Oysters Rockefeller

       I am a true oyster aficionado. I adore their salty, briny ocean flavor. I also love the whole sub-culture that is built around this humble little bivalve. Over the years I've gone to a few oyster festivals & shucking competitions and let me tell you they are a freakin' ball. The people who devote their lives to this mollusk - be they farmers or professional shuckers - tend to be intense individuals with a real passion for what they do. Most oyster enthusiasts will tell you that the only way to eat them is raw, with maybe a little bit of lemon or mignonette, but I beg to differ. Yes, I love eating oysters naked & raw, but sometimes I like to dress them up a bit. 

    There's lots of fun ways to serve oysters hot and this is for sure my favorite. Oysters Rockefeller is about as old-school as an American recipe gets. They were invented at Antoine's restaurant in New Orleans in 1899. Wikipeadia has a great article about this dish's illustrious/mysterious background if your feel inclined to learn about a piece of North American culinary history.

        My personal recipe for Oysters Rockefeller diverges pretty far from the original, but that doesn't bother me because I've been making them this way for years and I love the way they taste. One of the greatest compliments I've ever received in my culinary career came from an old man who took the time to walk into the kitchen to tell me that he's tried all kinds of Oyster Rockefeller - including the originals at Antoine's - and mine were the best he's had. Blush. I guess you'll have to try this recipe and see for yourself. 

        Chef Wikipedia tells me that the original recipe doesn't actually contain any spinach - apparently it's mostly parsley along with some other herbs - but I like it with spinach, so there. As for the booze, Pernod is traditional (and delicious) but white wine works too if that's what you happen to already have on hand. There is also no cheese or bacon in Antoine's Oyster Rockefeller, but as I think I've made pretty clear by now, I'm not out to recreate the original. To some people cheese with seafood is a bit taboo, but trust me, the combination here of bacon, rich cheese sauce and oysters is pure luxury.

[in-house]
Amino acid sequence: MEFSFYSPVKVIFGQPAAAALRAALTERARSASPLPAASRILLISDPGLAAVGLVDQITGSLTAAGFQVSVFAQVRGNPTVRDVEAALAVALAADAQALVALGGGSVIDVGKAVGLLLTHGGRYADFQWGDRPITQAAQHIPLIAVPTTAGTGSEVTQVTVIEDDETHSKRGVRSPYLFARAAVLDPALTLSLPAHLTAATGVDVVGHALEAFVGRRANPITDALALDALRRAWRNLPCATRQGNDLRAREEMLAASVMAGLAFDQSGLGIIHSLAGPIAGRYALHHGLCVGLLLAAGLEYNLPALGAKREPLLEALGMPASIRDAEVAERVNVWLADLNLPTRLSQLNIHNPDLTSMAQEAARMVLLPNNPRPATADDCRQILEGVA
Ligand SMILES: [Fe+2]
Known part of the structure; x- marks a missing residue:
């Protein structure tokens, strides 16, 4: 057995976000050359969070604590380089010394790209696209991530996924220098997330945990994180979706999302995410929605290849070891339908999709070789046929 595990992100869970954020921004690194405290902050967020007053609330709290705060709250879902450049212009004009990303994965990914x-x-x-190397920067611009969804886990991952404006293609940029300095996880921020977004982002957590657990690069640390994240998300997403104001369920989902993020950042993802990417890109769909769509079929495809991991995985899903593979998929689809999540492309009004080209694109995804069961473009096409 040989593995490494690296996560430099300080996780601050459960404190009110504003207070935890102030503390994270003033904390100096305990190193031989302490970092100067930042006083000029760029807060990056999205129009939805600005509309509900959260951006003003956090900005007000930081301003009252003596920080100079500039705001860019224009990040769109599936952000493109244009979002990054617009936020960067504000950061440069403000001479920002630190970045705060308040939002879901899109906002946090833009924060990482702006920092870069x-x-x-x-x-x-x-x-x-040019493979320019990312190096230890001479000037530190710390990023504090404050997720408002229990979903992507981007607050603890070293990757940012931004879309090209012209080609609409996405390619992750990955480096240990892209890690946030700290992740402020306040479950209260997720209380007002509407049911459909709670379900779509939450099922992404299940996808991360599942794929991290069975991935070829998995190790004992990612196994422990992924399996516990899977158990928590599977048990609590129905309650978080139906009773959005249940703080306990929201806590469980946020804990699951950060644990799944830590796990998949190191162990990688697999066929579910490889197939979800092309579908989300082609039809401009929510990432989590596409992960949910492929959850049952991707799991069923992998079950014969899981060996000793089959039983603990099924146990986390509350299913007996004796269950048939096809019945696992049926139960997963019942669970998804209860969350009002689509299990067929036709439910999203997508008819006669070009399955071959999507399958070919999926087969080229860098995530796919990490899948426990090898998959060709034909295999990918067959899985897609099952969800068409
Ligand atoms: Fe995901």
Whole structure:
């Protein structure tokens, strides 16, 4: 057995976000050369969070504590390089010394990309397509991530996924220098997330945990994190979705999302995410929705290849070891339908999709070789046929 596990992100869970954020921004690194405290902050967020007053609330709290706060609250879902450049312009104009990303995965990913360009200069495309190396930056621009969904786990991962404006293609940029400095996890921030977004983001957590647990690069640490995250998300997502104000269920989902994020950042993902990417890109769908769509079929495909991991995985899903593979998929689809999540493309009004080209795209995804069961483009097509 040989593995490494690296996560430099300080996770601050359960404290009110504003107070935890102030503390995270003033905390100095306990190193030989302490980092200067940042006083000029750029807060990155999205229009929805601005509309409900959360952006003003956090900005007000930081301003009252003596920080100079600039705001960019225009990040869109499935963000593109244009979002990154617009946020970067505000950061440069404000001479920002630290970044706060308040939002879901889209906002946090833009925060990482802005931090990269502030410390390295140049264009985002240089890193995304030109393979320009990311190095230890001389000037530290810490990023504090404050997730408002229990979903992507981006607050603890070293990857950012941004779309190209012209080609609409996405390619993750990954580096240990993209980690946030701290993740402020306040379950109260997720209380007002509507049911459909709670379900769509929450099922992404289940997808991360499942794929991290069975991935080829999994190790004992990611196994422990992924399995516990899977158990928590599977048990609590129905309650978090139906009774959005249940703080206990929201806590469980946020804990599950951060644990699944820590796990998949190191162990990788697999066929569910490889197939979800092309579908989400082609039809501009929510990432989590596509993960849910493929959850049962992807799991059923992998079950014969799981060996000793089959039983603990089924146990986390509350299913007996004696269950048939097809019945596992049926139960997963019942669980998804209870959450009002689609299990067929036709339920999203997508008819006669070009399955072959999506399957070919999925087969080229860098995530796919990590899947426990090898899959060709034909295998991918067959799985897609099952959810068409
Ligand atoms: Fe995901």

Yeilds 12 Oysters Rockefeller. Prep time: 20 minutes. Cooking time 10 minutes.   


12 small-medium sized fresh oysters
50g bacon
50g Swiss cheese (Gruyere or Emental) half grated & half thinly sliced
3 cups fresh spinach

1 cup heavy cream (35%)
1 clove garlic, finely diced
1/4 cup onion, finely diced
2 tablespoons butter
1 oz Pernod or 1/2 cup white wine

1. To make the cheese sauce: melt 1tbs butter in a small sauce pan and then saute the onions until the are just translucent. Add the garlic and saute for one minute more. Deglaze with Pernod or white wine and let simmer until most of the liquid has evaporated. Add the cream and let simmer until reduced by 1/3. Add 25g grated Swiss cheese to the sauce, a bit a a time, whisking constantly.

2. Place the spinach with 1 tbs butter and 1/4 cup water in a covered pot and cook on medium heat until the spinach is very soft. Transfer the spinach to a strainer lined with paper towel. Place another layer of paper towel over the spinach and press down to remove the excess water. Roughly chop the spinach and then mix it into the cheese sauce.

3. Carefully shuck the oysters & place the meat in a strainer. Wash the shells. Line a baking tray with coarse salt and set the washed shells in the salt, then return the oysters to their shells. Place a dollop of creamed spinach on each oyster, followed by a few bacon bits and a slice of Swiss cheese.  

4. Place the oysters under a broiler until the cheese is melted and just starts to brown. Oysters Rockefeller can be made up to 3 hours ahead of time and kept in the fridge. Warm any Oysters Rockfeller that have been kept in the fridge in an oven pre-heated to 300F for 5 minutes before broiling to make sure the centers are hot.


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